Psalm 3 Redux – Revd Carla Grosch Miller;
The Church of the Beatitudes on the shores of Lake Galilee in Israel is an intriguing place. The church building is beautiful; the grounds provide a place of tranquillity; and the hospitality shown to strangers is exceptional. When some of us visited the place last year I had to warn the group not to fill up on the pasta that would be passed round as that was only one of several courses coming our way whilst there are few sights more satisfying than that of a nun pushing a trolley full of ice-cold beers towards you on a hot day! So…welcoming, generous, peaceful and beautiful…in many ways it’s a model church.
And yet, like most churches, if you scratch beneath the surface, you’ll find reason to laugh and to frown. Around those magnificent gardens, for example, you’ll find excerpts from the Beatitudes and other of Jesus’ teachings and, for me, few things symbolize the peculiarity of religion more than this image –
“Let anyone who thirst come to me and drink.” Says Jesus
“Water not for drink.” Says the Church!!!
Perhaps that says it all! ‘Come to me all who are weary and I will give you rest’, says Jesus. ‘Terms and conditions apply’, says the Church!
Sadly, though, one discovers that such Christian contradiction isn’t only skin deep when you learn that the Church of the Beatitudes, this perfect chapel of peace built near the spot where the greatest ever sermon on love was preached, that this place was in fact commissioned and funded by the brutal dictator, Benito Mussolini.
“The sins of religion have gone public,” we heard earlier, “rigidity, hypocrisy, intolerance and worse…”
Well, if the Church of the Beatitudes embodies some of the inherent tensions within Christianity – a message of peace and men of war; a welcoming Messiah and human made restrictions – then the history of how the Church has interpreted those tricky sayings of Jesus for which the church is named only highlights the challenges of religion all the more.
You see, over the past two thousand years, many Christian leaders have looked at the mystery and majesty of Jesus’ declarations of blessing, didn’t know quite what to do with them, so panicked and turned them into commands! To be a true follower of Christ, thou shalt be poor, hungry, miserable, they decreed.
Perhaps you’ve been into one of those churches who have the 10 Commandments and the Beatitudes side by side behind the altar, promoting their equivalency as instructions to follow…or even in a church that has represented them as the two stone tablets that Moses brought down from Mount Sinai moments before he had a hissy fit and broke them! In other words, the Church has often attempted to domesticate the divine, turning the wild and radical sayings of Jesus into a wet and rigid checklist of dos and don’ts against which we can judge ourselves and, most importantly, other people too!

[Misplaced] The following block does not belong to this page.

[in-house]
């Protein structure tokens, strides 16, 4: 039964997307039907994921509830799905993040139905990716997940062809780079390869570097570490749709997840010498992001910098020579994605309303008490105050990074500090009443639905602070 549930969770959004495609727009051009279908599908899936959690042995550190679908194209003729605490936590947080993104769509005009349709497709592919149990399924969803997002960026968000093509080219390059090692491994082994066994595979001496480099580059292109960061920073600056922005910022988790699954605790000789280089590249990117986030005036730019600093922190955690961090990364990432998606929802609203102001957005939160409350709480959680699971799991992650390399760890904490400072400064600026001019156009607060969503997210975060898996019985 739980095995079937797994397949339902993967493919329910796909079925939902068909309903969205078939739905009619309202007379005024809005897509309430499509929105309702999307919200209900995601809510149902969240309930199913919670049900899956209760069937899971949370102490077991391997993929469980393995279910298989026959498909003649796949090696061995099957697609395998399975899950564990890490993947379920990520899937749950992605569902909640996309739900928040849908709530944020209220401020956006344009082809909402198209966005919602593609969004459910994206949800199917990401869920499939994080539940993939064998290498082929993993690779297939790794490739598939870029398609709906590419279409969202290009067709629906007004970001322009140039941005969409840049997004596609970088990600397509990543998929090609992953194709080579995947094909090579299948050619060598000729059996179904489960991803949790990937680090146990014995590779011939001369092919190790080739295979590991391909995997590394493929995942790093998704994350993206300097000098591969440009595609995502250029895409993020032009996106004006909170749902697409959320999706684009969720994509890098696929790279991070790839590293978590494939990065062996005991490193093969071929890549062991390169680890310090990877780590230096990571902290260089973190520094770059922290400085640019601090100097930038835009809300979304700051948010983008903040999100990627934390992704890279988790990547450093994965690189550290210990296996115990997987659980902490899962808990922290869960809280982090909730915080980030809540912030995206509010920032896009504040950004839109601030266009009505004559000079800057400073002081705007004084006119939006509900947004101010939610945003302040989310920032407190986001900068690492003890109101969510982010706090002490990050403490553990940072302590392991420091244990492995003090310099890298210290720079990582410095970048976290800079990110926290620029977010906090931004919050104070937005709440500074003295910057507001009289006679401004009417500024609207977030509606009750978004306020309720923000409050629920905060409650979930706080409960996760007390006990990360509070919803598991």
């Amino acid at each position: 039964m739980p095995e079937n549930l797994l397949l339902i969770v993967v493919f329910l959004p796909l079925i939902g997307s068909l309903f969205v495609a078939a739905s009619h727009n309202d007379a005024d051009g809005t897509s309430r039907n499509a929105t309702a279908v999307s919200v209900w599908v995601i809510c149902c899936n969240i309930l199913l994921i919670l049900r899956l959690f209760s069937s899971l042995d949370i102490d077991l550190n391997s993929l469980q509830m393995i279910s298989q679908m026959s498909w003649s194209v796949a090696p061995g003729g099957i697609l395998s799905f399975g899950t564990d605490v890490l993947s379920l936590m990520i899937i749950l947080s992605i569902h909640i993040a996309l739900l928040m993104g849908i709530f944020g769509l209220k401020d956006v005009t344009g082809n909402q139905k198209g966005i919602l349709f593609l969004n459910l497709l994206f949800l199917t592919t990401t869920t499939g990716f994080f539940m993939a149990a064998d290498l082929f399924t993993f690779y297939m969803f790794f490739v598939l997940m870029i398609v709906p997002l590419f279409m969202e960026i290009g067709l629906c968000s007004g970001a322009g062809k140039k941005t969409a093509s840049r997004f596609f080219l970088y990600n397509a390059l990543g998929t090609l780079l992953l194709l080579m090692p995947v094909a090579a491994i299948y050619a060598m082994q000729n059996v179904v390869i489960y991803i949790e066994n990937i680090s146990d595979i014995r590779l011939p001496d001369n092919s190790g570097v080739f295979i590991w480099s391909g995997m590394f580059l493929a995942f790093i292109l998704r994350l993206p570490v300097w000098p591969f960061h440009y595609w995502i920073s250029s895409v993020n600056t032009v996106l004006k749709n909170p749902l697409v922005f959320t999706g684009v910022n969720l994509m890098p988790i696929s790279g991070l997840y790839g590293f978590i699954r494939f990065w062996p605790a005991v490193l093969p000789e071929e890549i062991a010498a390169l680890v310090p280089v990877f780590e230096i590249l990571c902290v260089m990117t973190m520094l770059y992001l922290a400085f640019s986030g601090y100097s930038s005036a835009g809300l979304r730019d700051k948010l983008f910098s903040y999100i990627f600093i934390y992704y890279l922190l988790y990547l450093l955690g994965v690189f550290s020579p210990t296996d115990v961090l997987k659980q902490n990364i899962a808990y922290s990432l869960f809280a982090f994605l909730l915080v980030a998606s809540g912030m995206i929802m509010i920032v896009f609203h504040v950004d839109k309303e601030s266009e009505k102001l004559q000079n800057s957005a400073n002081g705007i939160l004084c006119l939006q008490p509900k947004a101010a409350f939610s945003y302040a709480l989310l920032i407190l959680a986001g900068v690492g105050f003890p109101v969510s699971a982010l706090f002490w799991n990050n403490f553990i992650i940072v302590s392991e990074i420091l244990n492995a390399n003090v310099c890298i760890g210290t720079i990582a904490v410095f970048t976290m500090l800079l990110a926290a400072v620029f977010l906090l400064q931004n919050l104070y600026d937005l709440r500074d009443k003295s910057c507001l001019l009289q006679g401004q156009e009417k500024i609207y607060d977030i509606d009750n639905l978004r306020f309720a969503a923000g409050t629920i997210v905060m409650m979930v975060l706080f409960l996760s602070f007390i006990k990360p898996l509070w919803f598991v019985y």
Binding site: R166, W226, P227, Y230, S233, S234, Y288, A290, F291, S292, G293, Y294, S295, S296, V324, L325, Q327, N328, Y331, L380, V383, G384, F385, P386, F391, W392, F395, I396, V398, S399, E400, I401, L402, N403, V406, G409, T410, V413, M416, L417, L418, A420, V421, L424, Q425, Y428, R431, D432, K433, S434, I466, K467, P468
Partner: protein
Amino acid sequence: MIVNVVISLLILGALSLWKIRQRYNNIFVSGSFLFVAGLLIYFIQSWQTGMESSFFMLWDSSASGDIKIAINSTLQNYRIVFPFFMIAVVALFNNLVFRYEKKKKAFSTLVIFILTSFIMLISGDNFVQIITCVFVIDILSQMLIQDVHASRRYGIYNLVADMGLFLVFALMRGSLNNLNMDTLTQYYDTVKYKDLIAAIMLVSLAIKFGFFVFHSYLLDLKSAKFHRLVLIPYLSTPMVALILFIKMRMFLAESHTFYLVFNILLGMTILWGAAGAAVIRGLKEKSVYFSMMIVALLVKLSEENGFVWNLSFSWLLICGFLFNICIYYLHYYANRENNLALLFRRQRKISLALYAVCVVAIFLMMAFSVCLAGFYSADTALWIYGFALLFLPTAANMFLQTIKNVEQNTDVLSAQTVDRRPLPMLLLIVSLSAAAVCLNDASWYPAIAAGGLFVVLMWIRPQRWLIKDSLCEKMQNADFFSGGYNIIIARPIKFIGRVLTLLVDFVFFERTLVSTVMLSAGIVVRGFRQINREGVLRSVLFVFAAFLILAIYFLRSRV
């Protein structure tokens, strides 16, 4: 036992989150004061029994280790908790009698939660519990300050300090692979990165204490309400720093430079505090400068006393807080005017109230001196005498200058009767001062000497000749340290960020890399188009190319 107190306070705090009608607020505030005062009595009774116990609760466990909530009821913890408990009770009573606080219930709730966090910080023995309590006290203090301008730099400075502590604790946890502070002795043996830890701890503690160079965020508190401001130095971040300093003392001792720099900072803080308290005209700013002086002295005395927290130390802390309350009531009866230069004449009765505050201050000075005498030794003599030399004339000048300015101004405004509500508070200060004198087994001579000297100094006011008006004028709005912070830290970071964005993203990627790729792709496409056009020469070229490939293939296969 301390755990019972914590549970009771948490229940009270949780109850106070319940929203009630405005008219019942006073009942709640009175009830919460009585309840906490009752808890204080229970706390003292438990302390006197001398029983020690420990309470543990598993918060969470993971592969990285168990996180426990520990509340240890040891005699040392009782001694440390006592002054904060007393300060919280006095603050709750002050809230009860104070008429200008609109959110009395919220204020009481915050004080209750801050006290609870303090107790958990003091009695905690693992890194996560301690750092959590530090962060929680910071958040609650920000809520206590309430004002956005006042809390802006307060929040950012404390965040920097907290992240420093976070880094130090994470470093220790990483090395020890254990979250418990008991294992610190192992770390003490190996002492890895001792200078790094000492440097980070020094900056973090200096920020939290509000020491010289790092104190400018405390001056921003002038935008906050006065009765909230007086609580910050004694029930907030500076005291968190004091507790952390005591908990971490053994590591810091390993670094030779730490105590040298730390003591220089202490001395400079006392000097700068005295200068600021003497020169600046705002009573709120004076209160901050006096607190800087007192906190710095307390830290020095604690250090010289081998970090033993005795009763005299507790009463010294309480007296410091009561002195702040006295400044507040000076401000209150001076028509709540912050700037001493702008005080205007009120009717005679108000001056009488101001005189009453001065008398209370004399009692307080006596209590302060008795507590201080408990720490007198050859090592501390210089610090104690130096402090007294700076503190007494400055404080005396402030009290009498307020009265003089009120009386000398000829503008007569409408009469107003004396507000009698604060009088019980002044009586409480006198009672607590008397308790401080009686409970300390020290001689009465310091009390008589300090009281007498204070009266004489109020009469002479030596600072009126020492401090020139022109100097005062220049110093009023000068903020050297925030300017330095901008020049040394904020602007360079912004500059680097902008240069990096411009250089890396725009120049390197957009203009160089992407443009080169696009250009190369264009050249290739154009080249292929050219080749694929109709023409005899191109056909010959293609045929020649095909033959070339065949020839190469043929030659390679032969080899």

Some leaders have gone further than this and have used the blessings given by Jesus to pacify the poor and uphold unjust systems of power. “Are you hungry?” They ask the starving masses. “Well Jesus says you will be filled so quit your complaining. Are you poor, now? Don’t revolt, because in the next life all shall be well. In fact, there’s no point worrying about your suffering on Earth because your eternal life is all that really matters!” And thus, Jesus’ blessings are used by the powerful to promise the hungry pie in the sky when they die and the ‘opium of the people’ is supplied to the masses!
And if you think that’s not right…get a load of these!
Granted, I might not be the intended audience for scatter cushions and jewellery but when Jesus first shared those world-shaking sayings to his rag tag bunch of fishermen and outcast women two thousand years ago, I’m not convinced that he had merch in mind! That diamond encrusted ‘Blessed’ necklace costing over £3000 doesn’t fit too squarely with Jesus’ blessing of the poor and woes to the rich…and don’t get me started on the tsunami of smugness that is found on social media accompanying the tag #blessed!
So…treating them as Commandments; twisting them to keep the poor in their place or turning them into cutesy items of personal or interior decoration, the Church’s response to Jesus’ blessings and woes has often been more woeful than blessed!